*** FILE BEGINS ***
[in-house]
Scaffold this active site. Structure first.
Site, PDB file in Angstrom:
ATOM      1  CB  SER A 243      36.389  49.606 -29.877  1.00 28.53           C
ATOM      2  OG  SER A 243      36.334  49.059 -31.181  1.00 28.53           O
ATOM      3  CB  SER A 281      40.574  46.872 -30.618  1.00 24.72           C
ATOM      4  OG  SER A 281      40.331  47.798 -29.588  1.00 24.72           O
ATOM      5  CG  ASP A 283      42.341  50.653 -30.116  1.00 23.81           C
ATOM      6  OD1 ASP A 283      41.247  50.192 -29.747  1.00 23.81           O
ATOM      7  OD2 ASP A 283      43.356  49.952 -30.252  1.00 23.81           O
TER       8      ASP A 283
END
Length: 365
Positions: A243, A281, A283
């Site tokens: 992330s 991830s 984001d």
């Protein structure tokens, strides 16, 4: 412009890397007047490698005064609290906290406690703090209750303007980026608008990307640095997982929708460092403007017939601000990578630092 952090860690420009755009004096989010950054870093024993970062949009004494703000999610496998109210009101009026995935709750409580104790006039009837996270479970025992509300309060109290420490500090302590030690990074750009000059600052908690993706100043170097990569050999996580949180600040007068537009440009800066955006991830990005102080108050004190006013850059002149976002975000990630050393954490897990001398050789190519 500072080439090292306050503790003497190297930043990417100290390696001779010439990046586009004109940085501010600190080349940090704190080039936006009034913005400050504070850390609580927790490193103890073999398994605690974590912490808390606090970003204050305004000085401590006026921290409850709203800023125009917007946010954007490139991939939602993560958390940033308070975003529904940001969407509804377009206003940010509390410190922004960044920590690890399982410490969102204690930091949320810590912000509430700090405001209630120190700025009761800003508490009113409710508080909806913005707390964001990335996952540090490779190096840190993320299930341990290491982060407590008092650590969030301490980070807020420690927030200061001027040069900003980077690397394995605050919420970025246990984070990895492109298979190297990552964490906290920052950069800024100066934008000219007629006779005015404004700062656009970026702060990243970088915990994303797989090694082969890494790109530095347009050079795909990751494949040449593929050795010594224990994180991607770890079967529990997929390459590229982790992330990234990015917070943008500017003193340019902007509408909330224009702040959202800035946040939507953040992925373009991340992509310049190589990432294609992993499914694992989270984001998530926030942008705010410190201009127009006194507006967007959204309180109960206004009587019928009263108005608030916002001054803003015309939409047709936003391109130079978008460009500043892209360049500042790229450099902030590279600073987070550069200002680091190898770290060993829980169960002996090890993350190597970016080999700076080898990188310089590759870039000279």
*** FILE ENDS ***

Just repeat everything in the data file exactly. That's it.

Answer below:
[in-house]
Scaffold this active site. Structure first.
Site, PDB file in Angstrom:
ATOM      1  CB  SER A 243      36.389  49.606 -29.877  1.00 28.53           C
ATOM      2  OG  SER A 243      36.334  49.059 -31.181  1.00 28.53           O
ATOM      3  CB  SER A 281      40.574  46.872 -30.618  1.00 24.72           C
ATOM      4  OG  SER A 281      40.331  47.798 -29.588  1.00 24.72           O
ATOM      5  CG  ASP A 283      42.341  50.653 -30.116  1.00 23.81           C
ATOM      6  OD1 ASP A 283      41.247  50.192 -29.747  1.00 23.81           O
ATOM      7  OD2 ASP A 283      43.356  49.952 -30.252  1.00 23.81           O
TER       8      ASP A 283
END
Length: 365
Positions: A243, A281, A283
């Site tokens: 992330s 991830s 984001d």
């Protein structure tokens, strides 16, 4: 412009890397007047490698005064609290906290406690703090209750303007980026608008990307640095997982929708460092403007017939601000990578630092 952090860690420009755009004096989010950054870093024993970062949009004494703000999610496998109210009101009026995935709750409580104790006039009837996270479970025992509300309060109290420490500090302590030690990074750009000059600052908690993706100043170097990569050999996580949180600040007068537009440009800066955006991830990005102080108050004190006013850059002149976002975000990630050393954490897990001398050789190519 500072080439090292306050503790003497190297930043990417100290390696001779010439990046586009004109940085501010600190080349940090704190080039936006009034913005400050504070850390609580927790490193103890073999398994605690974590912490808390606090970003204050305004000085401590006026921290409850709203800023125009917007946010954007490139991939939602993560958390940033308070975003529904940001969407509804377009206003940010509390410190922004960044920590690890399982410490969102204690930091949320810590912000509430700090405001209630120190700025009761800003508490009113409710508080909806913005707390964001990335996952540090490779190096840190993320299930341990290491982060407590008092650590969030301490980070807020420690927030200061001027040069900003980077690397394995605050919420970025246990984070990895492109298979190297990552964490906290920052950069800024100066934008000219007629006779005015404004700062656009970026702060990243970088915990994303797989090694082969890494790109530095347009050079795909990751494949040449593929050795010594224990994180991607770890079967529990997929390459590229982790992330990234990015917070943008500017003193340019902007509408909330224009702040959202800035946040939507953040992925373009991340992509310049190589990432294609992993499914694992989270984001998530926030942008705010410190201009127009006194507006967007959204309180109960206004009587019928009263108005608030916002001054803003015309939409047709936003391109130079978008460009500043892209360049500042790229450099902030590279600073987070550069200002680091190898770290060993829980169960002996090890993350190597970016080999700076080898990188310089590759870039000279």